Besides the homebound, remote work includes employees working outside the office several days a week from multiple locations, freelancers who permanently work from a variety of locations, the co-working-space rowd, and digital nomads (whom I’ll cover momentarily).
A study by Imgur.com illuminates the varied nature of remote work, with the most common remote jobs being those in client services, business development manager, speech-language pathologist, nurse, accountant, writer, and account manager.The flexibility benefit, in particular, is key–but there’s more than meets the eye here.
Gallup research shows that employees are 43 percent less likely to experience burnout when given a choice in how and when to complete their tasks. At the same time, however research shows that flexibility can lead to burnout because employees feel indebted to their employer for the flexibility, and so work supremely hard to return the favor.
The shift to remote teams will mean more compromise and collaboration across the board.
The lack of day-to-day in-person contact and conversation will mean having to learn new skills and touch base in creative ways. But the benefits of working remotely outweigh the costs of retraining managers to improve their communication skills. With Microsoft dynamics available in the market, with wide range of tools to facilitate better communications the concept to transforming traditional office in favor of remote workforce.
- Improve Employee Productivity
These days, hiring for productivity means hiring people who are able to get their work done without lots of overhead and supervision. As a manager, leading a remote team entails being proactive in hiring these independent individuals. When you have a team of hard-working, capable people, your time as a manager is freed up to do more useful and productive things than micromanagement.
Jimmy Rodela in his article “8 Compelling Reasons Why Businesses Should Track Their Employees’ Time”, notes that employees tend to be more conscious of how they spend their time at work if they know their activities are being monitored. This awareness translates to increased productivity. Furthermore, monitoring employees helps managers adapt to any problems that arise in the field allowing them to be handled more quickly. This ability leads to a boost in productivity because less time is wasted dealing with problems after the fact.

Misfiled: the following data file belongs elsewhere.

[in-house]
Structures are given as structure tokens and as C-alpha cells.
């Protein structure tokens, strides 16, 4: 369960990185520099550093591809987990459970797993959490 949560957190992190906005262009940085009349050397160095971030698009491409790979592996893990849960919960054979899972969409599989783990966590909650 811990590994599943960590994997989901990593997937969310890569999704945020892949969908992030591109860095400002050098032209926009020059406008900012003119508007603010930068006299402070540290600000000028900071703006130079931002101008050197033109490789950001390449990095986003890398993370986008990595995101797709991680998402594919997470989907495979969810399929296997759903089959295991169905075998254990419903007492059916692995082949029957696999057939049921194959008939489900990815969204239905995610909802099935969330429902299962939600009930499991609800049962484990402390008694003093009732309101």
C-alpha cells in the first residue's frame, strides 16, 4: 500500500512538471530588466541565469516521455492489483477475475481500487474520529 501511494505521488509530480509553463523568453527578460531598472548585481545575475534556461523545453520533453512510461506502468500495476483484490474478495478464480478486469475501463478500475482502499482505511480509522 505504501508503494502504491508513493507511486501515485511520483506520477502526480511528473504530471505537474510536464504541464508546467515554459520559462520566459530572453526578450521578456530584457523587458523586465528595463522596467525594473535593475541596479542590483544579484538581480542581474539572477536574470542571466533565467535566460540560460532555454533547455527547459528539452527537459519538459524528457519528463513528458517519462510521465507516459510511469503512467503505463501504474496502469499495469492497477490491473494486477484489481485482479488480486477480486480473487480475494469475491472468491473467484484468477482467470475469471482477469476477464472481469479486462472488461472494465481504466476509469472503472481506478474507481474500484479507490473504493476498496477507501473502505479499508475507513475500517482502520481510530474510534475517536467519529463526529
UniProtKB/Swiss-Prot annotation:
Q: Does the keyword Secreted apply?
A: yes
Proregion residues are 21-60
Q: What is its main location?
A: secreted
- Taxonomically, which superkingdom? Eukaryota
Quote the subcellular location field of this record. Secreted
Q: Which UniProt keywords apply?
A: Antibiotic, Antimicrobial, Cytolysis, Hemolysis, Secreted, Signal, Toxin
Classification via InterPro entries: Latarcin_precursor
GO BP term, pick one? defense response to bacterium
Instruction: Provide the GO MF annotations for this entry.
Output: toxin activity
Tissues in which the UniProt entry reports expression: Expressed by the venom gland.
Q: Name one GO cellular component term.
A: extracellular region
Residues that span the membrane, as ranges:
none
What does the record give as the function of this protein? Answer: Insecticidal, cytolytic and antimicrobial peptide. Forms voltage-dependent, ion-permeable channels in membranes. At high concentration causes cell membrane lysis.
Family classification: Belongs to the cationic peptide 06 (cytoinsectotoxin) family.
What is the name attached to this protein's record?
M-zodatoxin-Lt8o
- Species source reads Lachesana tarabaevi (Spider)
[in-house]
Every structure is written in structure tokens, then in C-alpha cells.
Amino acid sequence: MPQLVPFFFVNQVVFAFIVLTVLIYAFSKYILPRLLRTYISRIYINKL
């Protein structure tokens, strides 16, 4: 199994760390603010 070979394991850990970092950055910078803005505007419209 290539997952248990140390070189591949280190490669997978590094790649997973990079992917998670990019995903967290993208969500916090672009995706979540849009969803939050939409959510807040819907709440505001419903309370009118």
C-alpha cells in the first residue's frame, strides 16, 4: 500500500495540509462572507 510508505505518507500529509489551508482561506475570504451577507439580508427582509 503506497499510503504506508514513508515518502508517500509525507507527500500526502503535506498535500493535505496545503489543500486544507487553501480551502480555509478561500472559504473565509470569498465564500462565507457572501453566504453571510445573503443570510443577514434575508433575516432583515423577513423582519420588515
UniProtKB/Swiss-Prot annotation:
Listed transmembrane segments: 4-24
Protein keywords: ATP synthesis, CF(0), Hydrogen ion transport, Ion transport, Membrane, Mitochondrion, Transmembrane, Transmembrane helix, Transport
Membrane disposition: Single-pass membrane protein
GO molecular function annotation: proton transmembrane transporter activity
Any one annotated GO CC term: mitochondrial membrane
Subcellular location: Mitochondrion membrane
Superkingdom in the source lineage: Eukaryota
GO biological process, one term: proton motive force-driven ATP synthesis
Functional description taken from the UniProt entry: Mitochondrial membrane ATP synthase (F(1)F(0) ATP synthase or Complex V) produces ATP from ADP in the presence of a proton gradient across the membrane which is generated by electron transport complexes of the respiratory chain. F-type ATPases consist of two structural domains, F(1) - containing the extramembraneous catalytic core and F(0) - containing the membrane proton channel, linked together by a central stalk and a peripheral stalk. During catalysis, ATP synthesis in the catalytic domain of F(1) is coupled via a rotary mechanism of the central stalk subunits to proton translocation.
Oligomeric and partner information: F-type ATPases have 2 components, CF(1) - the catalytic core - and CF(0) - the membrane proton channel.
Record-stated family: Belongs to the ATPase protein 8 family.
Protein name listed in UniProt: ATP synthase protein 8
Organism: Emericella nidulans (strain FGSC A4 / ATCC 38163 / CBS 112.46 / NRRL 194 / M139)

- Assess Employee Output
Another benefit of tracking employees is the ability to measure the output of their work as it’s happening. By doing this, managers can see if the right employees are being assigned to the right projects. This indication can lead managers to purposefully coach that representative or potentially appoint a new representative to the project. And also, asses their outputs
- Handle Budgets Better
It’s difficult to determine how much time, resources and efforts would be needed to complete a given project.With employee tracking in place, managers can see how much time a representative typically spends with a given client and the types of activities he or she performs for that client. This data gives managers a better sense of that particular client’s needs and lets them allot funds and human capital accordingly.
- Administer Feedback
With timely communications, upper manager can deliver feedbacks to their employees at the real. This is an invaluable benefit, as many remote employees cite a lack of feedback from management as being among their top pain points. Workforce tracking enables managers to provide feedback based on specific activities that a representative executed in the field, instead of just speaking about his or her performance in general terms.
- Manage Project Timelines Effectively
Managers can track the time employees are spending on a project and the types of activities they carrying out and see if they are aligning with the proposed timeline. Insights gained from this data can lead managers to coach employees as needed to ensure they are working efficiently or possibly design a new timeline. Either way, monitoring will prevent projects from being delayed because of inefficiencies in the field.